This is a blog of ongoing projects starting with: 1) Antarctica -Dec. 2006 - February 2007 2) Work made from the experience 2008 3) Nevada Feb. - Oct. 2008

Friday, December 22, 2006

Summer Solstice

21st December

The moment the weather cleared, 22nd December

As the sun circles the sky and there is little differentiation between night and day, time becomes cyclical. Today is the longest day, which means that the sun, at this time of the year, will be at its highest point in the sky at midnight. I am interested in this circular time; it changes body rhythms and have decided to make two films of the triangular black Mountain across the bay, and the big tabular berg over the 24 hours of the Solstice.

In practice I chose a site near the south point which has 180 degree views. The berg is on the move North, and I have no idea how far it will move in 24 hours. By the following morning it will in fact have moved about two miles away.

I will have to film each view for two and a half minutes every hour. I have two tripods set up and two 60 minute cassettes for the camera which I change each time I move to the other tripod. I keep a spare battery in my pocket to keep it warm and extend its life. This wont be a time lapse as it has to be done by hand in the open and the berg is not static.

I trudge up the hill, 20 or so times, sometimes staying up for two or three hours. At the most I get 35 minutes to grab a cup of tea and a rest before I set out again; a wearing process. There is no wind and the cloud is dense, sometimes black, and at times almost down to the waterline. Mountains fade into the gloom, and the berg as it moves North, is often hardly distinguishable.

It is however utterly peaceful. Wilson's Petrels quarter the sky, and the tern colony below keeps up a constant racket. There are a pair of bonxies who keep me company throughout the night. The water has warmed considerably so the bergs are melting and no longer grate on the sea bed. There is only the sound of constantly moving ice mush, the screech of terns and the sharp crack of splitting bergs, interspersed with the distant raw of avalanches on the peninsular. As midnight approaches the gloom intensifies, accentuating the extraordinary blues and turquoise in the old ice of the bergs. I pass two Adelie penguins fast asleep on the snow.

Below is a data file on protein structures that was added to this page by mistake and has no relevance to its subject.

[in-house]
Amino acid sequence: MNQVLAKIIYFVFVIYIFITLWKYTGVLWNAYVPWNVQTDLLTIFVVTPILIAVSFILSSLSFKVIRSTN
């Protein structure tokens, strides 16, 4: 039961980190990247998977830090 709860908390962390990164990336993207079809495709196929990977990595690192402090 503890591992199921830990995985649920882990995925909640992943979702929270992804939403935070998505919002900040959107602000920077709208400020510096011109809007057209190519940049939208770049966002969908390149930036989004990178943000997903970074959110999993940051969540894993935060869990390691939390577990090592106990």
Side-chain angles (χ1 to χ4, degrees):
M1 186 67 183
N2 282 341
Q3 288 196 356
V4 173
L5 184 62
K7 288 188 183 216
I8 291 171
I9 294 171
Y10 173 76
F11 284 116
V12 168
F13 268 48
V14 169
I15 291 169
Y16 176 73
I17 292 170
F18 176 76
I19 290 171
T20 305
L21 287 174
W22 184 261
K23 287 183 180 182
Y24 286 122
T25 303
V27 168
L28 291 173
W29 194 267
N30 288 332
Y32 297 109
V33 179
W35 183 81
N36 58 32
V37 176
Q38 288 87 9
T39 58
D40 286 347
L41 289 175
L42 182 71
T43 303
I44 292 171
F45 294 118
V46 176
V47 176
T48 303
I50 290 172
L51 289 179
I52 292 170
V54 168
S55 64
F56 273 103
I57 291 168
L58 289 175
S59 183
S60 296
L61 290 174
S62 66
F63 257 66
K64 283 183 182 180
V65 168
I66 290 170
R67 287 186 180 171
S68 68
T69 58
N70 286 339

For 23 hours the landscape is grey and white. A soft, whispering silence pervades everything. Around 8.00 am the sky begins to clear and, in the last 5 minutes of each cassette, in the last of the 24 hours, the sun touches and illuminates both mountain and iceberg.


Anonymous said...

Your notes from this primeval world really do capture a mood - the melting icebergs and sleeping penguins. We thought of you at our Winter Solstice, moving the half-burnt remnants of our breakfast fire to start the next one. DCW

Anonymous said...

Following your journey so far with special delight at the pictures of those purposeful wanderers albatross and petrel. Look forward to seeing the film of the iceberg made as a result of repeated journeys through the ice. Warm thoughts from Lewes.

Anonymous said...

Hello Chris

While you were experiencing the summer solstice, we were hoping to catch a glimpse of the winter solstice sun here at Dyer Observatory, It was clouded over till sunset, but I did get to see the sun disappear over the winter solstice marker.

Two days before solstice, we were in the chamber late afternoon. The cloud scenes were illuminated by the setting sun's crepuscular rays. As we watched inside we were in awe. It appeared as if the ever-changing clouds were being poured into the walls.

Regardless of clouds, rain or fog, your sculpture here continues to be a magnificent presence and speaks to us daily.

I am living vicariously through you on your journey and eagerly await the next entry into your blog.

I hope you had a little JD to finish off your day of iceberg photography.


Anonymous said...

Hi Chris

Sorry I didn't find this on the solstice but we (Larch, Esme and I) did think of you as we watched the 'Burning of the Clocks' celebrations in Brighton. What wonderful images you are inviting us to see.